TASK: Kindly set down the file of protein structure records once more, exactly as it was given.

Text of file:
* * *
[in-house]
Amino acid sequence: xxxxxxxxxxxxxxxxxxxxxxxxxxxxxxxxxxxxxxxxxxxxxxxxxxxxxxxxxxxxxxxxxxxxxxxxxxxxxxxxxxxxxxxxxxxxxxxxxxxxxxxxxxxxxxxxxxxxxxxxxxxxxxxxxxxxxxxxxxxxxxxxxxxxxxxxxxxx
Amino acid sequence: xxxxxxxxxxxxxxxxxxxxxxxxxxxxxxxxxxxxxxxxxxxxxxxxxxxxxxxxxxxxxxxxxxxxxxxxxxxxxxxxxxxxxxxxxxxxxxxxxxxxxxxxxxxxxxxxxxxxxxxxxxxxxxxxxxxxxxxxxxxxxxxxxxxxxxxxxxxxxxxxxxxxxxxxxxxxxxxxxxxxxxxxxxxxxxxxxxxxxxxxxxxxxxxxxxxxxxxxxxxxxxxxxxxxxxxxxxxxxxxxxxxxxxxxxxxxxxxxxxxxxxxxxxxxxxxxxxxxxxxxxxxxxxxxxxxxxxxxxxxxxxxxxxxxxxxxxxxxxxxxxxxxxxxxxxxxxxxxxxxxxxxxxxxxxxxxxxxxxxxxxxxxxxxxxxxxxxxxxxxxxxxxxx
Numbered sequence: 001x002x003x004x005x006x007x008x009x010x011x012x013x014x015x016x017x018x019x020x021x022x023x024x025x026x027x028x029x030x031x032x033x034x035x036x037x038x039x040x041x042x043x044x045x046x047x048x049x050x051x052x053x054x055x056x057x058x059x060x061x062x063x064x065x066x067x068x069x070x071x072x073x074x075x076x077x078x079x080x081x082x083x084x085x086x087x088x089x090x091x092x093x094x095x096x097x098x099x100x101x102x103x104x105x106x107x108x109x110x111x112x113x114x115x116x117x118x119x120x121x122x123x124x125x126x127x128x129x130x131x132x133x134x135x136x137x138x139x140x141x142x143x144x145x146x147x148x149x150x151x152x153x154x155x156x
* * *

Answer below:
[in-house]
Amino acid sequence: xxxxxxxxxxxxxxxxxxxxxxxxxxxxxxxxxxxxxxxxxxxxxxxxxxxxxxxxxxxxxxxxxxxxxxxxxxxxxxxxxxxxxxxxxxxxxxxxxxxxxxxxxxxxxxxxxxxxxxxxxxxxxxxxxxxxxxxxxxxxxxxxxxxxxxxxxxxx
Amino acid sequence: xxxxxxxxxxxxxxxxxxxxxxxxxxxxxxxxxxxxxxxxxxxxxxxxxxxxxxxxxxxxxxxxxxxxxxxxxxxxxxxxxxxxxxxxxxxxxxxxxxxxxxxxxxxxxxxxxxxxxxxxxxxxxxxxxxxxxxxxxxxxxxxxxxxxxxxxxxxxxxxxxxxxxxxxxxxxxxxxxxxxxxxxxxxxxxxxxxxxxxxxxxxxxxxxxxxxxxxxxxxxxxxxxxxxxxxxxxxxxxxxxxxxxxxxxxxxxxxxxxxxxxxxxxxxxxxxxxxxxxxxxxxxxxxxxxxxxxxxxxxxxxxxxxxxxxxxxxxxxxxxxxxxxxxxxxxxxxxxxxxxxxxxxxxxxxxxxxxxxxxxxxxxxxxxxxxxxxxxxxxxxxxxxx
Numbered sequence: 001x002x003x004x005x006x007x008x009x010x011x012x013x014x015x016x017x018x019x020x021x022x023x024x025x026x027x028x029x030x031x032x033x034x035x036x037x038x039x040x041x042x043x044x045x046x047x048x049x050x051x052x053x054x055x056x057x058x059x060x061x062x063x064x065x066x067x068x069x070x071x072x073x074x075x076x077x078x079x080x081x082x083x084x085x086x087x088x089x090x091x092x093x094x095x096x097x098x099x100x101x102x103x104x105x106x107x108x109x110x111x112x113x114x115x116x117x118x119x120x121x122x123x124x125x126x127x128x129x130x131x132x133x134x135x136x137x138x139x140x141x142x143x144x145x146x147x148x149x150x151x152x153x154x155x156x